Christie’s has launched a three-part series of benefit sales starting on 25 April expected to raise $1m for Ukraine heritage and humanitarian relief to be distributed via the World Monuments Fund (WMF) and its Ukraine Heritage Response Fund, Médecins Sans Frontières (MSF) and CORE, actor Sean Penn’s aid organisation.
The initiative follows donations made by the auction house for Ukraine relief to the United Nations Refugee Agency and Red Cross and cancellation of its June Russian sales following Russia’s 24 February invasion of Ukraine. Sonya Bekkerman, Christie’s deputy chairman of business development tells The Art Newspaper that Ukraine “has been on so many of our minds across every industry”.
"Safeguarding the Irreplaceable: A Selling Exhibition to Benefit the Ukraine Heritage Response Fund at World Monuments Fund" will be held at Christie’s King Street from 25 April to 5 May and online through the end of May. The tri-part sale includes 86 paintings and drawings from the Peremen Collection of Ukrainian Avant Garde Artists, including Theophil Fraerman and Amshei Nurenberg, which will be presented as a single group; ten key Ukrainian Modernists, including Alexandra Exter and Oleksandr Bohomazov; and a selection of contemporary Ukrainian photographs and video works by artists in the diaspora including Boris Mikhailov and Ira Lupu, who was born in Odesa, which came under attack over the weekend.
It was curated by Dallas Contemporary’s Peter Doroshenko, “who has spent his life working with Ukrainian artists,” Bekkerman says. Consignors are donating a significant part of their profits and Christie’s a share of its commission.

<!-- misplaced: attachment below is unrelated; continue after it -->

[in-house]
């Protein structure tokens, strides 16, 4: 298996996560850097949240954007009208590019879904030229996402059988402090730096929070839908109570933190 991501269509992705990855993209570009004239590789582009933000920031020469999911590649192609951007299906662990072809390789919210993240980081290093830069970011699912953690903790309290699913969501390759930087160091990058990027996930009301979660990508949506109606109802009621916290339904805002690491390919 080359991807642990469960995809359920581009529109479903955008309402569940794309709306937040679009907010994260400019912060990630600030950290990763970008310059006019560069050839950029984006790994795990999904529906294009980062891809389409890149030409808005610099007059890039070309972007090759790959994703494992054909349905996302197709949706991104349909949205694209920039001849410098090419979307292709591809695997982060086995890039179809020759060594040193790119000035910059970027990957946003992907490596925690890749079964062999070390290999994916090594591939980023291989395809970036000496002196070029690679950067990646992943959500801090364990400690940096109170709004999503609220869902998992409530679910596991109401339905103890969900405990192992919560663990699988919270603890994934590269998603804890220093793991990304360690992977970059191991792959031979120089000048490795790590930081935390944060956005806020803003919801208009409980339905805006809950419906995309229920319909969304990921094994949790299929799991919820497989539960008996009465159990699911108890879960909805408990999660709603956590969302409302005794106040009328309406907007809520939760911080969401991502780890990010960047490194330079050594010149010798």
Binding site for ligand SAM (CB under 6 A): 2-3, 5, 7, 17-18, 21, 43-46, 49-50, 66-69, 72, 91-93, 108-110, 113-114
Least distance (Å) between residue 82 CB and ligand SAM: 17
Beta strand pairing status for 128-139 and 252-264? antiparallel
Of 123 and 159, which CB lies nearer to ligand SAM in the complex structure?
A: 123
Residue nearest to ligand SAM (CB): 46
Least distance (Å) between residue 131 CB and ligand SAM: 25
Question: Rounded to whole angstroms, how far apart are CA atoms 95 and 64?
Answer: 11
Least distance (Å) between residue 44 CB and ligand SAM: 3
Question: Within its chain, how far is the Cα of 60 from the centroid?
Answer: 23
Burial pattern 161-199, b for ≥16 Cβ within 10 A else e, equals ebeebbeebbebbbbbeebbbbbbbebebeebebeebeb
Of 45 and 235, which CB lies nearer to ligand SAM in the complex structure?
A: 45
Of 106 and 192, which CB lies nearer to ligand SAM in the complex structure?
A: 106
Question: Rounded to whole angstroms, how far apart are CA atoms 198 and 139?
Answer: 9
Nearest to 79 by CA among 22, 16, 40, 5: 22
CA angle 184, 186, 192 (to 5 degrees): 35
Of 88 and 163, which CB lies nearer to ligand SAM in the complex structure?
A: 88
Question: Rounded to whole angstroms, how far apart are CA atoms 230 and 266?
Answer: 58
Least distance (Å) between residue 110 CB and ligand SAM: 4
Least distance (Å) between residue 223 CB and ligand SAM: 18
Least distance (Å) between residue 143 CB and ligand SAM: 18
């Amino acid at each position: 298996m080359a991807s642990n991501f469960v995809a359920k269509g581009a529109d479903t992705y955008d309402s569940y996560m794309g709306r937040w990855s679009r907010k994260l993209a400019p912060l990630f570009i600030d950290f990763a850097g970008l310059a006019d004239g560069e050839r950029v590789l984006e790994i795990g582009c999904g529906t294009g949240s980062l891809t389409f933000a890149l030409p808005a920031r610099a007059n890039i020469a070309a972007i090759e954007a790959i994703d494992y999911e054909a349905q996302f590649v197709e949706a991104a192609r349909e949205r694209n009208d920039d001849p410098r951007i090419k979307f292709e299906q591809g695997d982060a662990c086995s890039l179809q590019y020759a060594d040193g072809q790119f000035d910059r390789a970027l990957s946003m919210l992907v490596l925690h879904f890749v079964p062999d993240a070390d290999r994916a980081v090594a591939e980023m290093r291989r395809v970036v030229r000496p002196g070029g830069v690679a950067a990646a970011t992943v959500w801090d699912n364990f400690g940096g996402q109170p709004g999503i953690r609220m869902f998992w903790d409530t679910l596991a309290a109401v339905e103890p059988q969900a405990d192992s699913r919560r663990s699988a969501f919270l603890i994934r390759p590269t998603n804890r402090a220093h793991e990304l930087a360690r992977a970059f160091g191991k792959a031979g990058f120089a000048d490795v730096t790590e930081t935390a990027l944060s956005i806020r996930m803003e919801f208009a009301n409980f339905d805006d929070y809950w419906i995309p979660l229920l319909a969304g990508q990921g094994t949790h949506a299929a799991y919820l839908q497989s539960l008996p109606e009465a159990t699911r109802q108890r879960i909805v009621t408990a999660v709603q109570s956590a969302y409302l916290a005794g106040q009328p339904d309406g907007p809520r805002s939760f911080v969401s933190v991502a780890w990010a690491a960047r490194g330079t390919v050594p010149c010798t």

The initiative aims “to help heritage professionals in Ukraine to lay the groundwork for future rehabilitation” as cultural losses mount.
“According to Unesco, since the invasion around 53 historical sites have sustained some kind of damage, including museums, monasteries, monuments and historic centers,” Bekkerman says. “So we’re taking a multi-pronged approach. We’re supporting humanitarian aid, but we’re also supporting cultural preservation. As an auction house we are using our platform as a positive force.”
The collection that Yakov Peremen managed to save from the Bolsheviks by shipping it to Palestine in 1919, illustrates the point. The artists represented in it worked in Paris and encountered Chagall, Matisse and Kandinsky.
“It’s such a beautiful dovetail with the World Monument Fund and cultural preservation in general that in times like these, in times of great difficulties, there are resourceful ways that art triumphs, that we save art for generations to come,” Bekkerman says.
The benefit for Médecins Sans Frontières will be held during Christie’s Marquee 20/21 Sales of 20th and 21st Century Art in May and will include a collection of donated works by Ukrainian and international artists such as Yoshimoto Nara’s caricature portraits of girls (with estimates of $100,000-$150,000 and $80,000-$120,000), Boris Mikhailov’s 1970s Soviet life series Yesterday’s Sandwich (est. $3,000-$5,000), and works by Ilya and Emilia Kabakov and Olafur Eliasson.
The donation to CORE will come from the sale of donated works by Kenny Scharf (Frackattack, est. $100,000-150,000) and Gina Beavers (Invisible Lip, est. $40,000-60,000).
Bekkerman says Christie’s expects “to attract buyers from across the globe” and continues to strictly observe sanctions regulations and export bans, “which now prohibit the sale of luxury goods to clients physically located in Russia or Belarus and prohibit the export (directly or indirectly) of luxury goods to any address in Russia or Belarus.”